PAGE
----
Ecuador's president reveals travel pass was granted 'without authorisation' and says whistleblower is now Russia's problem
Ecuador is not considering Edward Snowden's asylum request and never intended to facilitate his flight from Hong Kong, president Rafael Correa said as the whistleblower made a personal plea to Quito for his case to be heard.
Snowden was Russia's responsibility and would have to reach Ecuadorean territory before the country would consider any asylum request, the president said in an interview with the Guardian on Monday.
"Are we responsible for getting him to Ecuador? It's not logical. The country that has to give him a safe conduct document is Russia."
The president, speaking at the presidential palace in Quito, said his government did not intentionally help Snowden travel from Hong Kong to Moscow with a temporary travel pass. "It was a mistake on our part," he added.
Asked if he thought the former NSA contractor would ever make it to Quito, he replied: "Mr Snowden's situation is very complicated, but in this moment he is in Russian territory and these are decisions for the Russian authorities."
On whether Correa would like to meet him, the president said: "Not particularly. He's a very complicated person. Strictly speaking, Mr Snowden spied for some time."
The comments contrasted with expressions of gratitude the 30-year-old fugitive issued hours later, before Correa's views had been published.
"I must express my deep respect for your principles and sincere thanks for your government's action in considering my request for political asylum," Snowden said, according to a letter written in Spanish and obtained by the Press Association news agency, based in London.
"There are few world leaders who would risk standing for the human rights of an individual against the most powerful government on earth, and the bravery of Ecuador and its people is an example to the world."
Snowden compared the silence of governments afraid of US retaliation with Ecuador's help in his flight to Moscow on 22 June. A temporary Ecuadorean travel document substituted for his cancelled US passport.
"The decisive action of your consul in London, Fidel Narvaez, guaranteed my rights would be protected upon departing Hong Kong – I could never have risked travel without that. Now, as a result, and through the continued support of your government, I remain free and able to publish information that serves the public interest."
The letter will boost Ecuador's reputation with Snowden's supporters but sat awkwardly with the president's attempt to distance Quito from the saga. Correa said Quito respected the right of asylum and appreciated Snowden exposing the extent of US spying, but would not consider an asylum request unless he made it to an Ecuadorean embassy or the country itself – a remote possibility while he remains reportedly marooned in Sheremetyevo airport's transit lounge. "He must be on Ecuadorean territory," the president said.
Earlier on Monday, Moscow confirmed that Snowden had applied for asylum in Russia. The Los Angeles Times said he had made similar applications to a total of 15 countries. In another statement, issued through by the campaigning website Wikileaks, Snowden attacked President Obama for putting pressure behind on the scens on countries to which he had petitioned for asylum.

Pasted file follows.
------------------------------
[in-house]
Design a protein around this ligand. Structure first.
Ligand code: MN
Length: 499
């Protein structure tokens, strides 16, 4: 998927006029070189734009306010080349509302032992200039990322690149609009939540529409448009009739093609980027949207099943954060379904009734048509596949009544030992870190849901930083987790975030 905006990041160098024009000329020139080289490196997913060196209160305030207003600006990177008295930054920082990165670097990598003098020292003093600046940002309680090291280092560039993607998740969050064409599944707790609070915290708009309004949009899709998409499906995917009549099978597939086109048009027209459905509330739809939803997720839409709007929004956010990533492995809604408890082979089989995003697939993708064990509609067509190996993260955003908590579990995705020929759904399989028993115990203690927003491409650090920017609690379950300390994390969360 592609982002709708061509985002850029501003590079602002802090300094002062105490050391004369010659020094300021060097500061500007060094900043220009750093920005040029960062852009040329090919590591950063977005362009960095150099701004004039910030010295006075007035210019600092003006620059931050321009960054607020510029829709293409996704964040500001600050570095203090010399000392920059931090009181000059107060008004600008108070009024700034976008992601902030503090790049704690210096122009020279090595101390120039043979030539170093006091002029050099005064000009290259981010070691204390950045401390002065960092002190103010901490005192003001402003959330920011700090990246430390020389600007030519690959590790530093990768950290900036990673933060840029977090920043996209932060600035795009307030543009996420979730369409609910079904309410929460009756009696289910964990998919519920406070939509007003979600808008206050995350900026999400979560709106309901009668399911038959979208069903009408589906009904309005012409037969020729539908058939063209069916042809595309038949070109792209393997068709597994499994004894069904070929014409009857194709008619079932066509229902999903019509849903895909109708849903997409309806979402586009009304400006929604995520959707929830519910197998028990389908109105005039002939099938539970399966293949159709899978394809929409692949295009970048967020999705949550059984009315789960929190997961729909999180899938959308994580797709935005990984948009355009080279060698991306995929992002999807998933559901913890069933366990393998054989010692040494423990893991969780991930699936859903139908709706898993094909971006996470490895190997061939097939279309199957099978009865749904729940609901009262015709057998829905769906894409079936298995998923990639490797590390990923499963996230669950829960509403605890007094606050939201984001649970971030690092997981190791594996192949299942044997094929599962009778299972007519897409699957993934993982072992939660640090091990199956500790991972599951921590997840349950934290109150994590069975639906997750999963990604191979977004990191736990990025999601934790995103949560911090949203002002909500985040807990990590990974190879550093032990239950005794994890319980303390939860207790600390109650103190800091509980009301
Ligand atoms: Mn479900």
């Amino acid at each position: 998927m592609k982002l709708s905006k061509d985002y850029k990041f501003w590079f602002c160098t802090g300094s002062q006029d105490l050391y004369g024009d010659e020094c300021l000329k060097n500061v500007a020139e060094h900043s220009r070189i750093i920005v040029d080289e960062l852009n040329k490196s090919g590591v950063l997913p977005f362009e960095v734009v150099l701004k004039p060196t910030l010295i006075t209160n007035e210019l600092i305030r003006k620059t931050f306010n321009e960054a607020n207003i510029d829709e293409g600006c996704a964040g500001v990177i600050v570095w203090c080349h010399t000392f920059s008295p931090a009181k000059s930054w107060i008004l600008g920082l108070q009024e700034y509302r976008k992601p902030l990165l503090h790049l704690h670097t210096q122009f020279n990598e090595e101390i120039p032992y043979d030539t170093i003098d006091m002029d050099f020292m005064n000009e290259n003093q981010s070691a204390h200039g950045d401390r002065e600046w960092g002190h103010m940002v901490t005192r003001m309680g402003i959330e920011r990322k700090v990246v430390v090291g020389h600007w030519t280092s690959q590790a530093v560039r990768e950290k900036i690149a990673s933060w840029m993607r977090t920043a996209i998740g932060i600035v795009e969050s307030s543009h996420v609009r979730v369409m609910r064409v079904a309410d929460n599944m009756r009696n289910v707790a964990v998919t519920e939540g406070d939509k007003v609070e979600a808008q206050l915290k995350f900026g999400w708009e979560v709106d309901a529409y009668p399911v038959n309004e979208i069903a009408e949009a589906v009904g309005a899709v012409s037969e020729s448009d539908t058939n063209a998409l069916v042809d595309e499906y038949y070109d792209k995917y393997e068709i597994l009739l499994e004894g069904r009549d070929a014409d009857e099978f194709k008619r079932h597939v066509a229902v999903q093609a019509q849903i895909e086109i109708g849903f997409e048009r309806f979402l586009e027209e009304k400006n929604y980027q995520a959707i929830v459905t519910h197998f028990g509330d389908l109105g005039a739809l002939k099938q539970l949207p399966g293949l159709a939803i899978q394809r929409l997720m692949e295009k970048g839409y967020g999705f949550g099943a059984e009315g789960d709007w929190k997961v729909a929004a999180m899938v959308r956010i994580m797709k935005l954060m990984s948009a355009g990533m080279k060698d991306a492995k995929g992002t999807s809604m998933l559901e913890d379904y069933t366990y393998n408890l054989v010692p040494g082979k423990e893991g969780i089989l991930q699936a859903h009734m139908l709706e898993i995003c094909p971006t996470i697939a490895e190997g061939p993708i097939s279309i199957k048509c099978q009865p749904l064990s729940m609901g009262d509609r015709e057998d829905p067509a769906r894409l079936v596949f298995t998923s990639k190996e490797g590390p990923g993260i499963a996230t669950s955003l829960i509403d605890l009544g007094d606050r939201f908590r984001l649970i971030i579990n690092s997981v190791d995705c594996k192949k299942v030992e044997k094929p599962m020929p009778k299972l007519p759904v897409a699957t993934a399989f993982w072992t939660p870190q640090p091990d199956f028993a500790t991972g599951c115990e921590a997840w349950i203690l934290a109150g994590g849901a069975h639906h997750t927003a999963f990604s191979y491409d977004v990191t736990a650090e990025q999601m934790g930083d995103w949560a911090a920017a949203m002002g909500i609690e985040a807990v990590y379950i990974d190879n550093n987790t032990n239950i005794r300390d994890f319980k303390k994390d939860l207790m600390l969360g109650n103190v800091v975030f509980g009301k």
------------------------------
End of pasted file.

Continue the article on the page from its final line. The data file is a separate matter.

In his Guardian interview, Correa said his government had not, and would not, give Snowden an authorised travel document to extract himself from Moscow airport. "The right of asylum request is one thing but helping someone travel from one country to another — Ecuador has never done this. "
He said the temporary travel document issued by his London consul on 22 June – and publicly disowned five days later — was a blunder.
"It was a mistake on our part. Look, this crisis hit us in a very vulnerable moment. Our foreign minister was touring Asia. Our deputy foreign minister was in the Czech Republic. Our US ambassador was in Italy."
Narvaez and the WikiLeaks founder Julian Assange, who has sheltered at Ecuador's London embassy for the past year to escape extradition, took matters into their own hands because they feared Snowden risked capture, Correa said.
"The consul, in his desperation, probably he couldn't reach the foreign minister ... and he issued a safe conduct document without validity, without authorisation, without us even knowing."
Correa said the consul was a "cultured" man and cited the example of Ecuadorean diplomats in Czechoslovakia giving Jews visas in defiance of their foreign ministry during the second world war.
"Look, he [Assange] is in the embassy, he's a friend of the consul, and he calls him at four in the morning to say they are going to capture Snowden. The [consul] is desperate – 'how are we going to save the life of this man?' – and does it.
"So I told him: OK, if you think you did the right thing, I respect your decision, but you could not give, without authorisation, that safe conduct pass. It was completely invalid, and he will have to accept the consequences."
Narvaez would be "sanctioned", the president said, without elaborating.
Some Ecuadorean diplomats have complained that Assange appeared to usurp Quito but the president said there was no rupture. "Mr Assange continues to enjoy our total respect and is under the protection of the Ecuadorean state."
Correa, a standard bearer for the left in Latin America, has joined European and other Latin Americans leaders in denouncing US espionage.
However he softened his tone over the weekend and praised vice-president Joe Biden for a gracious phone call, saying he would consider Washington's request to refuse any asylum claim from Snowden while retaining Ecuador's sovereignty.